How a simple idea changed the hobby forever

It doesn’t matter how old you are or how long it’s been, you probably still remember the day you pulled your first autograph from a pack of baseball cards. Having been away from the hobby of collecting pictures of men on cardboard for exactly ten years, that day didn’t come for me until 2007. Out of curiosity and thanks in part to a Beckett magazine I found inside of a Barnes and Noble, I wanted badly to bust a box of Co-Signers. I never knew that it was possible to pull an autograph from a pack. I didn’t even know what a game-used relic was!

Are you wondering what my first pack-pulled auto was? Well, it ain’t much to brag about, actually. It’s some guy named Mitch Maier from the Kansas City Royals who hasn’t played in a Major League game since 2006. Yeah, I don’t have the magic “MOJO” touch when it comes to busting wax but that’s another blog, at another time. What I am somewhat disturbed by is the fact that right under my nose there was a product that included autographed baseball cards in packs way before 1997’s historic Donruss Signature Series. If you don’t remember, it was 1991 Upper Deck.

Of course, I missed out on the debut of autographs in packs because the odds of pulling one of these were about as rare as finding a Golden Ticket to Mr. Wonka’s Chocolate Factory. Or better yet, about as rare as Kerry Wood pitching an entire season without visiting the disabled list. Still, there were two-thousand, five hundred of them. By today’s standards that’s almost a million autographs. You could have pulled hundreds of them in a single year alone if you bust enough wax. After all, in six months of busting a small number of hobby boxes in 2007 I pulled three different 1 of 1’s and even more with serial numbers so low I could count them on both hands.

I know in these days of collecting having an autograph numbered to more than 100 is like a Scarlet Letter to many but I’d pick this Ted Williams autograph over any 1 of 1, dual, game-used, refractor, printing plate any day of the week!



  1. Mojo is only an acceptable term when referring to the sexual prowess of Austin Powers or when referring to Homer Simpson’s helper monkey. Please be advised.

  2. William, I was talking more about the baseball side of it. I actually have a nice scan of the Montana and Namath. They are two beautiful cards!

  3. All of these cards were amazing – the Aaron, Montana, the Williams, Namath, my god. They are frameworthy for being so nice.

    It really sucks that there arent many of these cards made today, I would think that cards like this of our favorite players would sell like hotcakes. I also think the SP Holoviews would be a great set to bring back as hard signed auto cards.

  4. I see what you mean now, sorry, I tend to think of all sports cards as being one big industry instead of separated by sport. But yeah, you’re right, the 91 UD set would have been the first baseball sigs.

  5. For the 20th anniversary, If they are going to be signed, then I may have to lift the UD ban, or buy some of the singles.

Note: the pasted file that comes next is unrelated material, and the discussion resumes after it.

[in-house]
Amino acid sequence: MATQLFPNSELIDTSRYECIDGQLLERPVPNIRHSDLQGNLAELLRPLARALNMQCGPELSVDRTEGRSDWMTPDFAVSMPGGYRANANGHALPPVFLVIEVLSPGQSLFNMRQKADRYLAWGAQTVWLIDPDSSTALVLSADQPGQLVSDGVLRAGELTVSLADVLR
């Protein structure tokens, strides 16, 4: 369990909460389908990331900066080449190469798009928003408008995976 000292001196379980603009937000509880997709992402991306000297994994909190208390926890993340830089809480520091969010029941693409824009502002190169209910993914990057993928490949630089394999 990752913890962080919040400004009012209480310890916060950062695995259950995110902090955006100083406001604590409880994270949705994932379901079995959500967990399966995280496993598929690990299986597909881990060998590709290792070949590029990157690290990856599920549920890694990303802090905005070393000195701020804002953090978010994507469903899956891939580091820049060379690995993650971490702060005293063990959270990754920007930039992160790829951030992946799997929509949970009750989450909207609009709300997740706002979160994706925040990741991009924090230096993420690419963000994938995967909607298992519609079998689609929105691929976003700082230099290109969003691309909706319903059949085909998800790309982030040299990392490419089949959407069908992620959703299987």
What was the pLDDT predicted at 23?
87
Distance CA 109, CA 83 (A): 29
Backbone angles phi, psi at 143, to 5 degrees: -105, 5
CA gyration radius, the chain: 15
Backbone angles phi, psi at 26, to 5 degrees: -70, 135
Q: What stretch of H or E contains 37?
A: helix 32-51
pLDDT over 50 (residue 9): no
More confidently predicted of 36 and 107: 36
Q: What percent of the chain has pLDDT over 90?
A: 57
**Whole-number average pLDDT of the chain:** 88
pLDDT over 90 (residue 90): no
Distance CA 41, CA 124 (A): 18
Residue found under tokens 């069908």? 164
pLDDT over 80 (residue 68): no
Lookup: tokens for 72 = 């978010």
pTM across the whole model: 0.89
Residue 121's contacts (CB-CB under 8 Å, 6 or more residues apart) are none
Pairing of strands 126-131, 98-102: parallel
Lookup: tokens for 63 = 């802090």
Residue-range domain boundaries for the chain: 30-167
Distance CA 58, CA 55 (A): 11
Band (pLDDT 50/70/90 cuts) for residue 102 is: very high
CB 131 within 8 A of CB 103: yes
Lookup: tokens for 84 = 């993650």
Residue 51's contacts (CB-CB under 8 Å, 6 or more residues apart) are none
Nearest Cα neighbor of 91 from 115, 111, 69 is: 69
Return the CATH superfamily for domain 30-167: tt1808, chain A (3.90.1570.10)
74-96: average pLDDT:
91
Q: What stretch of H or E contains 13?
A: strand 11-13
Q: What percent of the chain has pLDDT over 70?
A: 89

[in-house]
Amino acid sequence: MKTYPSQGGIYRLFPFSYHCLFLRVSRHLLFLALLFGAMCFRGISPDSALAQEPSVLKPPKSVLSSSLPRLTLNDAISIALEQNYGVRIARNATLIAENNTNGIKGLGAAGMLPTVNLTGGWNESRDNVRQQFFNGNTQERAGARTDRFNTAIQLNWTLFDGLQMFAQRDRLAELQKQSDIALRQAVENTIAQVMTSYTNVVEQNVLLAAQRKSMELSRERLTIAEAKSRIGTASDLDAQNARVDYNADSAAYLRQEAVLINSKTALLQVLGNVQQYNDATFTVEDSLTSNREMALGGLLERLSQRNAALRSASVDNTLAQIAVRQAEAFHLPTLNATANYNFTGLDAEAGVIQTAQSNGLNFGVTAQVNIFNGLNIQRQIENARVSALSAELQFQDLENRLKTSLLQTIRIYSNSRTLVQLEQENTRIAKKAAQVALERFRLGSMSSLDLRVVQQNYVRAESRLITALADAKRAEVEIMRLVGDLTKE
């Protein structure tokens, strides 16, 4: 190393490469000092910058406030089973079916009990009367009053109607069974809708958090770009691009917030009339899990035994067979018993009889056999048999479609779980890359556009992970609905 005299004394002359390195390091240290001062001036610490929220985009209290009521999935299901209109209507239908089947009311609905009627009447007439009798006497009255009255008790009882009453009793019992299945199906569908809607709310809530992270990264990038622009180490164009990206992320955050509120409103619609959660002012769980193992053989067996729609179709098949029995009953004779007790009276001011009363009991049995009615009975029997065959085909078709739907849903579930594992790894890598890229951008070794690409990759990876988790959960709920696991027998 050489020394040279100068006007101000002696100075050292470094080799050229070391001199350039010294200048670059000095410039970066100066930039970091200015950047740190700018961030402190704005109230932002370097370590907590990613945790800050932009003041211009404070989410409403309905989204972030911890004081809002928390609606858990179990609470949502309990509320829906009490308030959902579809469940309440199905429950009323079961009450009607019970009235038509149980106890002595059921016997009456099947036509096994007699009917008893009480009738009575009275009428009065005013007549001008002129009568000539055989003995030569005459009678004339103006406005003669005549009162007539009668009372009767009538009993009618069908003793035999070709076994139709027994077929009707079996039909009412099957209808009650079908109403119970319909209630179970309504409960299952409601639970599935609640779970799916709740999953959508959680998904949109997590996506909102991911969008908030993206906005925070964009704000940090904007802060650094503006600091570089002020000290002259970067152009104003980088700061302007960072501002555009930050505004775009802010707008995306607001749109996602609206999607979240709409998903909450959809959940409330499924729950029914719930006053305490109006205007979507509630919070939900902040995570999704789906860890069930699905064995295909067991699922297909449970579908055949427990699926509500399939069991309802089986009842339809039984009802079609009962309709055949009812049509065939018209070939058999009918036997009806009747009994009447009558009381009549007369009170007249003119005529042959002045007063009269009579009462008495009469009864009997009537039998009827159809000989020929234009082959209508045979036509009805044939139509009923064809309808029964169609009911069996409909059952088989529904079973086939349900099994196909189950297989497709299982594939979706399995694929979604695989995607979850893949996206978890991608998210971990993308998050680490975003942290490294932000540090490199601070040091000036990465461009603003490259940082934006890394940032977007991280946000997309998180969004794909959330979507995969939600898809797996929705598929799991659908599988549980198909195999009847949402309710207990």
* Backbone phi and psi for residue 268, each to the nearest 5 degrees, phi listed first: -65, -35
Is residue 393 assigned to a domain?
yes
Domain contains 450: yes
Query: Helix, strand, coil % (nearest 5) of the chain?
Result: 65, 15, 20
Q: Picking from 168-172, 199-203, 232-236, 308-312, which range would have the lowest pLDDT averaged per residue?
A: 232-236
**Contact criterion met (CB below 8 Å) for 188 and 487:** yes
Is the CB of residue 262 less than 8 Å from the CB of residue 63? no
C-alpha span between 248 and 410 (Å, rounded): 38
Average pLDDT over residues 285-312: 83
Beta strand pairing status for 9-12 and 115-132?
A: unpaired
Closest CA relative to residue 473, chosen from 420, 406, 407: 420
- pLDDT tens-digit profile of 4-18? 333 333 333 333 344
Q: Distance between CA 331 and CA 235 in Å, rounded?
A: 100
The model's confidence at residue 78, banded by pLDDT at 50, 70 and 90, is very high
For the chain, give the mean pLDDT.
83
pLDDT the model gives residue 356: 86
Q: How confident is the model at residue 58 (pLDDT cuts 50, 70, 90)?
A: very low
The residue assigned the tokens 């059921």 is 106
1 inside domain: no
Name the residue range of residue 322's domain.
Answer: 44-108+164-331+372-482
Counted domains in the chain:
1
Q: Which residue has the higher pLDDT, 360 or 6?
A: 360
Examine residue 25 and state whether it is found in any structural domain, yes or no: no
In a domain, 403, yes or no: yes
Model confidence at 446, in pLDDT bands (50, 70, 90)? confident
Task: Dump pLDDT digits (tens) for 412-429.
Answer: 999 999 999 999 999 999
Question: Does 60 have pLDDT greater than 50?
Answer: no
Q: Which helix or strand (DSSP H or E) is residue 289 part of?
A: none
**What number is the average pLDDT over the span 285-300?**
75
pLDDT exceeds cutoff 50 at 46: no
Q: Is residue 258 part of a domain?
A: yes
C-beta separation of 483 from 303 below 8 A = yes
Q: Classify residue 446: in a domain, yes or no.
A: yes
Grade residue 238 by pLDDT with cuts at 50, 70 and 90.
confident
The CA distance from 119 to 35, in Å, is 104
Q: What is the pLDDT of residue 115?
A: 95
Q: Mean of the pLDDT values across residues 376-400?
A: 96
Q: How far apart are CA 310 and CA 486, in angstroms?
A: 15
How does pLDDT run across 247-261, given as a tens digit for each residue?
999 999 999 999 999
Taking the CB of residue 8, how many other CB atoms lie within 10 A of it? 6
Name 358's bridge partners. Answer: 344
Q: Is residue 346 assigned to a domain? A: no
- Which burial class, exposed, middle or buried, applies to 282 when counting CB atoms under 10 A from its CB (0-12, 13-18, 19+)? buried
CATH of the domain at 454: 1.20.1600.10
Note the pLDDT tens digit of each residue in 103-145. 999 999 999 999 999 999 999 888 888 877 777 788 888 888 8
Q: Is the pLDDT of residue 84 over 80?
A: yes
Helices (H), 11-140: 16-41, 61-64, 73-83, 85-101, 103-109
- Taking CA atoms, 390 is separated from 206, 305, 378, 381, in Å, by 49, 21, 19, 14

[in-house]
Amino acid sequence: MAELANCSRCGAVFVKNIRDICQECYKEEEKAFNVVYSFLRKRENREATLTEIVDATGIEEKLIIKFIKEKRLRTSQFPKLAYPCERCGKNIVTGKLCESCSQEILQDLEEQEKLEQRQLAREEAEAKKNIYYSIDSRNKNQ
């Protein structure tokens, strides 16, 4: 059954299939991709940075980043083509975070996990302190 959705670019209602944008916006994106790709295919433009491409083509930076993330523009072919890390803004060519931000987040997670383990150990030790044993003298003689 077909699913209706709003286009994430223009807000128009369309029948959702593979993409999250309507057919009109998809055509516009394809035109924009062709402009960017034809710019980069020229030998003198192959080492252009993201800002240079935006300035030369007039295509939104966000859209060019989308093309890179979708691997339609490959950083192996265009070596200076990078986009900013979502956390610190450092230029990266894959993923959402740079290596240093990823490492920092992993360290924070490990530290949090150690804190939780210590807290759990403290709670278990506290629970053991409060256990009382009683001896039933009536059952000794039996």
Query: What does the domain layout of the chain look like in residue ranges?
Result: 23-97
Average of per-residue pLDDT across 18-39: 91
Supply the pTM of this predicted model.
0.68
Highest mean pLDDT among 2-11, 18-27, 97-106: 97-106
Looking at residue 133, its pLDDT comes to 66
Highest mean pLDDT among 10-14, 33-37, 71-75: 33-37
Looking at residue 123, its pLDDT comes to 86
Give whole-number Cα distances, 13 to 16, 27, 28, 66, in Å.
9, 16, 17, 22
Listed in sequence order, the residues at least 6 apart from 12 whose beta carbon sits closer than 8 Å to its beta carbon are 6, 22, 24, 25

6. Dave, that’s what I thought about the 1990 set but I was assured by a reliable source it was 1991….and I can’t find any of the Jackson’s on eBay.

  7. Reggie Jackson autographs were found in the 1990 Upper Deck HI SERIES boxes. This was followed up in 1991 with Nolan Ryan in Upper Deck LOW and Hank Aaron in UD HIGH. The 1991 HI SERIES also had autographs from the HOF Class. Donruss also had autographs in 1991 – I believe it was Ryne Sandberg that year, although it may have been someone else.

    So first autographs in baseball – 1990 UD HIGH.

  8. Great Blog, great post.

    The ’90 and ’91 UD sets were my favorites…before I faded out of the hobby around ’93.

    I still have almost a case of unopened ’91 UD wax boxes….now I’m tempted to do some digging and find an autograph.


  9. When these came out talk about SCARCE! How could anyone manage to find or let alone purchase one of ONLY 2,500 cards.
    Upper Deck was the trend setter for an entire industry. And I thank them for it. Sending cards to Spring Training was always hit/miss and this allowed collectors to get an autograph of their favorite players.
    Nice jab at that player on the Chicago National League semi pro post season collapse guaranteed team.

  10. I must agree these autos are the all time best. It’s not the number produced but the fact that Upper Deck was the first to do it. Upper Deck made everyone better who was in the card business at the time and they continnue to do so even as they approach their 20th anav….

    The Joe Montna auto is the all time best because he’s wearing both his 49ers jersey and his Irish #3 jersey as well. As a true fan of the Fighting Irish I gotta go with the Montana #9 as the all time best in my own small collecting.

  11. hi, i am contemplating buying some 1990 and 1991 baseball unopended upper deck boxes and sets from a seller. I notice that there isa randemly inserted reggie jckson au # 2500 in the 1990 and a hank aaron and nolan ryan auto also #2500 my question is does anyone know if all 2500 auto have been acounted for out of these products after all the product is almost 20 years old i would greatly apreciate any response thanks.

  12. I actually own the 1990/91 (i put that because it is listed as 91 but the card says 1990) nolan ryan upper deck card. I have number 848 of 2500. I actually experienced the joy of opening a pack of cards when i was a kid and finding that card in there.

  13. I have the Nolan Ryan card 2241/2500. I got mine by accident when I was buying hockey cards and got 1 pack of baseball cards accidentally.

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